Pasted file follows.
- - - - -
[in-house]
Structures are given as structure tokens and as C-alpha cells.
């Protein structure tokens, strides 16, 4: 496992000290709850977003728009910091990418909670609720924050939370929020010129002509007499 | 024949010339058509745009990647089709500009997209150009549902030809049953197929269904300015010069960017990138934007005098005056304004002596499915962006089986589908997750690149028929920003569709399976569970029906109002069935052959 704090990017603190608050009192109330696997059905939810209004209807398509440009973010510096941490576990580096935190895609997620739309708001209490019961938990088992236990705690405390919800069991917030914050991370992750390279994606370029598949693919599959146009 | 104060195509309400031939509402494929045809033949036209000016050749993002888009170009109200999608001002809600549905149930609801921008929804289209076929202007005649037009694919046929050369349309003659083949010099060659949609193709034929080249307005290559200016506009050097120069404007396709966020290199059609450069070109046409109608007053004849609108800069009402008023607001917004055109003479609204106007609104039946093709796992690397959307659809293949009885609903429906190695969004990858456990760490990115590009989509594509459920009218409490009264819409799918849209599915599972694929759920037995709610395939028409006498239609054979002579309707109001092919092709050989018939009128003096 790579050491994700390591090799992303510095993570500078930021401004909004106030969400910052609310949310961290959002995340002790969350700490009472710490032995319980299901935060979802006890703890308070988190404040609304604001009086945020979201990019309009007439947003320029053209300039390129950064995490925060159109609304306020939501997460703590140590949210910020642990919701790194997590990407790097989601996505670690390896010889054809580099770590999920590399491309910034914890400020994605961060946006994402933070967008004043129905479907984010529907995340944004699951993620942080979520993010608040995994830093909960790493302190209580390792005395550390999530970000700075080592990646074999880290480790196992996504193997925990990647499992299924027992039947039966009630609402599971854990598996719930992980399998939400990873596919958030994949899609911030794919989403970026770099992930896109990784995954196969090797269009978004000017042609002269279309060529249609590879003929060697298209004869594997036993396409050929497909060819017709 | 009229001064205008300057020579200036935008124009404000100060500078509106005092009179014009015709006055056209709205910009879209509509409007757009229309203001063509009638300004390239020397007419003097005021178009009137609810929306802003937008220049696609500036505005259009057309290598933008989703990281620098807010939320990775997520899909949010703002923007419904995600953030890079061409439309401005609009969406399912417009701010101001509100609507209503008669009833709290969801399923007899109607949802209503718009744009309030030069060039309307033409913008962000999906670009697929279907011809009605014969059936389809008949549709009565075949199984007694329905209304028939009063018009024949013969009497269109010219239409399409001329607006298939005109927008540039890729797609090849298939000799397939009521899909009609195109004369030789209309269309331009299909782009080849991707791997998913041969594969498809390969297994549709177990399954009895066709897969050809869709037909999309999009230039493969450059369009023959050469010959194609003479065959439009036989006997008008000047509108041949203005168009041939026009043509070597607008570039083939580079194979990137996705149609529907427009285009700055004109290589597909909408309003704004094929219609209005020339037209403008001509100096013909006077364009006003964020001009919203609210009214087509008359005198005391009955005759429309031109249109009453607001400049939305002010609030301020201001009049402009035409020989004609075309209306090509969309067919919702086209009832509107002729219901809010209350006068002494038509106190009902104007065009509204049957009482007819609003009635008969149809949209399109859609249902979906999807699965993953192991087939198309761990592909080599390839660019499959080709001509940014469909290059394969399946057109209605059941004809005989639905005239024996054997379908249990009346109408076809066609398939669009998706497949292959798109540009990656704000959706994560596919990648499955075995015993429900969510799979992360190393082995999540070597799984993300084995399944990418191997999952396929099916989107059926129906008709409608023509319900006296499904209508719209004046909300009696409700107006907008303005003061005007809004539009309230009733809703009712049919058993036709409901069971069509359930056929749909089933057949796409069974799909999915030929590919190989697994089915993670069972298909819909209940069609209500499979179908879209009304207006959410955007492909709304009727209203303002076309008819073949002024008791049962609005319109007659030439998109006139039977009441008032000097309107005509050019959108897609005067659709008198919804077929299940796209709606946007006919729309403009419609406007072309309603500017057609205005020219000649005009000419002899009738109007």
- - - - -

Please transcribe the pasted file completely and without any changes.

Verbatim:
[in-house]
Structures are given as structure tokens and as C-alpha cells.
């Protein structure tokens, strides 16, 4: 496992000290709850977003728009910091990418909670609720924050939370929020010129002509007499 | 024949010339058509745009990647089709500009997209150009549902030809049953197929269904300015010069960017990138934007005098005056304004002596499915962006089986589908997750690149028929920003569709399976569970029906109002069935052959 704090990017603190608050009192109330696997059905939810209004209807398509440009973010510096941490576990580096935190895609997620739309708001209490019961938990088992236990705690405390919800069991917030914050991370992750390279994606370029598949693919599959146009 | 104060195509309400031939509402494929045809033949036209000016050749993002888009170009109200999608001002809600549905149930609801921008929804289209076929202007005649037009694919046929050369349309003659083949010099060659949609193709034929080249307005290559200016506009050097120069404007396709966020290199059609450069070109046409109608007053004849609108800069009402008023607001917004055109003479609204106007609104039946093709796992690397959307659809293949009885609903429906190695969004990858456990760490990115590009989509594509459920009218409490009264819409799918849209599915599972694929759920037995709610395939028409006498239609054979002579309707109001092919092709050989018939009128003096 790579050491994700390591090799992303510095993570500078930021401004909004106030969400910052609310949310961290959002995340002790969350700490009472710490032995319980299901935060979802006890703890308070988190404040609304604001009086945020979201990019309009007439947003320029053209300039390129950064995490925060159109609304306020939501997460703590140590949210910020642990919701790194997590990407790097989601996505670690390896010889054809580099770590999920590399491309910034914890400020994605961060946006994402933070967008004043129905479907984010529907995340944004699951993620942080979520993010608040995994830093909960790493302190209580390792005395550390999530970000700075080592990646074999880290480790196992996504193997925990990647499992299924027992039947039966009630609402599971854990598996719930992980399998939400990873596919958030994949899609911030794919989403970026770099992930896109990784995954196969090797269009978004000017042609002269279309060529249609590879003929060697298209004869594997036993396409050929497909060819017709 | 009229001064205008300057020579200036935008124009404000100060500078509106005092009179014009015709006055056209709205910009879209509509409007757009229309203001063509009638300004390239020397007419003097005021178009009137609810929306802003937008220049696609500036505005259009057309290598933008989703990281620098807010939320990775997520899909949010703002923007419904995600953030890079061409439309401005609009969406399912417009701010101001509100609507209503008669009833709290969801399923007899109607949802209503718009744009309030030069060039309307033409913008962000999906670009697929279907011809009605014969059936389809008949549709009565075949199984007694329905209304028939009063018009024949013969009497269109010219239409399409001329607006298939005109927008540039890729797609090849298939000799397939009521899909009609195109004369030789209309269309331009299909782009080849991707791997998913041969594969498809390969297994549709177990399954009895066709897969050809869709037909999309999009230039493969450059369009023959050469010959194609003479065959439009036989006997008008000047509108041949203005168009041939026009043509070597607008570039083939580079194979990137996705149609529907427009285009700055004109290589597909909408309003704004094929219609209005020339037209403008001509100096013909006077364009006003964020001009919203609210009214087509008359005198005391009955005759429309031109249109009453607001400049939305002010609030301020201001009049402009035409020989004609075309209306090509969309067919919702086209009832509107002729219901809010209350006068002494038509106190009902104007065009509204049957009482007819609003009635008969149809949209399109859609249902979906999807699965993953192991087939198309761990592909080599390839660019499959080709001509940014469909290059394969399946057109209605059941004809005989639905005239024996054997379908249990009346109408076809066609398939669009998706497949292959798109540009990656704000959706994560596919990648499955075995015993429900969510799979992360190393082995999540070597799984993300084995399944990418191997999952396929099916989107059926129906008709409608023509319900006296499904209508719209004046909300009696409700107006907008303005003061005007809004539009309230009733809703009712049919058993036709409901069971069509359930056929749909089933057949796409069974799909999915030929590919190989697994089915993670069972298909819909209940069609209500499979179908879209009304207006959410955007492909709304009727209203303002076309008819073949002024008791049962609005319109007659030439998109006139039977009441008032000097309107005509050019959108897609005067659709008198919804077929299940796209709606946007006919729309403009419609406007072309309603500017057609205005020219000649005009000419002899009738109007």